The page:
Should You Invest Your Money Outside India?

Aug 12, 2020

Vijay Bhambwani, Editor, Fast Profits Daily

This is a question I'm asked regularly... Should I invest abroad?

The answer is not straightforward. You must study this aspect of investing in detail before taking the plunge.

In this video, I will help you get started. Think of this as a first step. You will need to dig deeper if you are serious about investing outside India.

Let me know in the comments if you would like to know more about this exciting topic.

Hi, this is Vijay Bhambwani. Today's video is about a very interesting topic as far as I am concerned, because a lot of my viewers of these videos have asked me this question, and it frankly excites my interest as well.

There are a lot of windows of opportunities opened for an average Indian investor to invest in financial markets abroad. Brokers in India are offering you the opportunity to invest in equity shares in the overseas markets. Particularly of great interest are stocks like Facebook, Apple, Amazon, Netflix, Google, etc, Microsoft, the high profile, big stakes, and huge winners.

So should you plunge in? How practical is it? How safe is it? What are the downsides and what are the upsides?

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You see, I treat trading and investments as a business, and if you're running a business like, say, a ready made garment shop selling these T shirts, you would want to know the cost of this T shirt, the kind of money that you would have to spend a per sale. What is the cost of your electricity bill per month, your employee salaries and wages, your rentals of the shop, etc. Everything has to be calculated down to a decimal. That's what businesses are for. So before you plunge in, it makes sense to do a swat analysis. Strengths, weaknesses, opportunities and threats.

The strengths first. The biggest strength that I can think of is that you're diversifying your money abroad. You're putting it in a market which is a distant from our market. It has its own unique style of functioning, and you can diversify. All well and good. Okay, So far, so good.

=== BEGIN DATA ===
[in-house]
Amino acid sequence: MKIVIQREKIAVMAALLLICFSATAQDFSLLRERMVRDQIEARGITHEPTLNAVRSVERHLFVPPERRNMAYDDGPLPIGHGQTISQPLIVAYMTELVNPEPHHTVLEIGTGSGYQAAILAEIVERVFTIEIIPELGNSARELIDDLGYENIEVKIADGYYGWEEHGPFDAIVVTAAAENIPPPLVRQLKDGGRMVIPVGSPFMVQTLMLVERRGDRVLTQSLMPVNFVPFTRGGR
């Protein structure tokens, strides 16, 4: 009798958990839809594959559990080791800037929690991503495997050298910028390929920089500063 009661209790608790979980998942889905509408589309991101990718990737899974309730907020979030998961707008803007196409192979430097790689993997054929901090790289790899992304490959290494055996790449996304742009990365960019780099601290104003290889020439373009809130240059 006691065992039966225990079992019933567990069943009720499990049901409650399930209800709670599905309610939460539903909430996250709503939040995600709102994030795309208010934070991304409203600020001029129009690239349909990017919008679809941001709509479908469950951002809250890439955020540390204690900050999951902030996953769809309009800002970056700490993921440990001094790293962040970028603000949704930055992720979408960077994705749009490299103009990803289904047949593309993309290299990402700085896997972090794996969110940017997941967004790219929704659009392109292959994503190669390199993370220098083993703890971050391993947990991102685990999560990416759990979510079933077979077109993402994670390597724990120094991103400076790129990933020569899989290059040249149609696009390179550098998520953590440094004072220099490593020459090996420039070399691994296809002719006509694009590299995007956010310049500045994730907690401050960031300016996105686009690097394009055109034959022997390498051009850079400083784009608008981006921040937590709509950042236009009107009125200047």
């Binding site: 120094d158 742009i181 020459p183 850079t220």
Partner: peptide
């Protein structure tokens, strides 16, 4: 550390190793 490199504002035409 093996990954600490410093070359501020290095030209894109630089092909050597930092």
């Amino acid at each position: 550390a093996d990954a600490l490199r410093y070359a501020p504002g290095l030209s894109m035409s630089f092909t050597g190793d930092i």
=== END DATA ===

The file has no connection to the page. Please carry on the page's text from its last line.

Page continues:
Weaknesses. Now here the problem is that you're buying stocks or maybe even commodities in distant lands where you are not going to be present and where you cannot be at a short period of time, and the knowledge that you have about that market and about that particular investment may not be complete. I completely agree with the view that risk is not doing something wrong only. Risk also includes not knowing what you are doing or not knowing enough about what you are doing.

So this is one weakness. You might be investing money in a market where you know little, if anything about, which means you're dependent on somebody else's inputs as to what you should be doing and hey, the last time I depended entirely on somebody else's inputs, I cut a sorry picture for myself. So that is one area I am not really very comfortable with.

Opportunities. The kind of mouth watering returns that these tech giants, which are now called FAANG, Facebook, Apple, Amazon, Netflix and Google, the kind of returns that these stocks have generated makes anybody's mouth water. It makes the kind of returns that I advocated to my subscribers in the Weekly Cash Alert in silver and gold, it makes those returns look timid. I agree because those stocks have actually multiplied but then, are you too early or too late, or is there still money on the table for you to collect? Now, this is another question altogether.

Now for the threats, the 360 degree world view system of investing and thinking of the financial markets means that you take a well rounded approach. You need to take care and ensure that you know everything about what is involved here. Knowledge about the stock, about the market, about the company that you're investing in, about the commodity that you are deploying money in, in the overseas market, can be acquired but there are certain other things which cannot be circumvented or bypassed.

You need to first find out how are you going to remit the money there? Is it going to happen from a local payment gateway? In which case, since you're making payments in hard currency, which means foreign exchange, there will be currency conversion charges. That's your first and immediate expense and then on these currency conversion charges, there is GST, so that is an expense which is non refundable.

The second, when you are investing money in an overseas market, especially if you're investing money by sending money abroad, there are brokers. I completely agree with the logic that there are brokers who are telling you they can invest your money in forex markets while you're still sitting in your sofa, in your house in India and not caring a damn about the world. But believe me, everything has a price. Everything has a cost.

So there are two threats that are primarily concerning you instead of one threat, which would have concerned you if you were investing only in India. Number one. The capital erosion risk. Prices of any asset that you invest in have a right to go against you and they do many a times, after you invest your money them. But the currency factor also hits you in these overseas markets.